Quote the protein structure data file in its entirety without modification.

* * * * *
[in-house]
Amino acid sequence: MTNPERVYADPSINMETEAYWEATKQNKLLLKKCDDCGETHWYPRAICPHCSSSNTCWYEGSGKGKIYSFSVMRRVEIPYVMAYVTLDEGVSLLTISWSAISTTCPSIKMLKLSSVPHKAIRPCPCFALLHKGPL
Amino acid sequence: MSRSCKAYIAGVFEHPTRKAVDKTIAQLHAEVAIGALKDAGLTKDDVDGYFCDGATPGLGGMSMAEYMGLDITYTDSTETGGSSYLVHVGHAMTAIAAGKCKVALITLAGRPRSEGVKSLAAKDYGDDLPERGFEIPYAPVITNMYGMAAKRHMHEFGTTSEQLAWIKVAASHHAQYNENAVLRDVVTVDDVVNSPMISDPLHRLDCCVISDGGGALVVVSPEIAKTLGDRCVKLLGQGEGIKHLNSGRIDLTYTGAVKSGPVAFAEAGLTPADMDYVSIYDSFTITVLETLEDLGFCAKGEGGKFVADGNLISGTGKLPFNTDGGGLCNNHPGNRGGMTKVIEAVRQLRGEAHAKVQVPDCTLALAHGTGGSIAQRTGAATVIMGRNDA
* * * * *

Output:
[in-house]
Amino acid sequence: MTNPERVYADPSINMETEAYWEATKQNKLLLKKCDDCGETHWYPRAICPHCSSSNTCWYEGSGKGKIYSFSVMRRVEIPYVMAYVTLDEGVSLLTISWSAISTTCPSIKMLKLSSVPHKAIRPCPCFALLHKGPL
Amino acid sequence: MSRSCKAYIAGVFEHPTRKAVDKTIAQLHAEVAIGALKDAGLTKDDVDGYFCDGATPGLGGMSMAEYMGLDITYTDSTETGGSSYLVHVGHAMTAIAAGKCKVALITLAGRPRSEGVKSLAAKDYGDDLPERGFEIPYAPVITNMYGMAAKRHMHEFGTTSEQLAWIKVAASHHAQYNENAVLRDVVTVDDVVNSPMISDPLHRLDCCVISDGGGALVVVSPEIAKTLGDRCVKLLGQGEGIKHLNSGRIDLTYTGAVKSGPVAFAEAGLTPADMDYVSIYDSFTITVLETLEDLGFCAKGEGGKFVADGNLISGTGKLPFNTDGGGLCNNHPGNRGGMTKVIEAVRQLRGEAHAKVQVPDCTLALAHGTGGSIAQRTGAATVIMGRNDA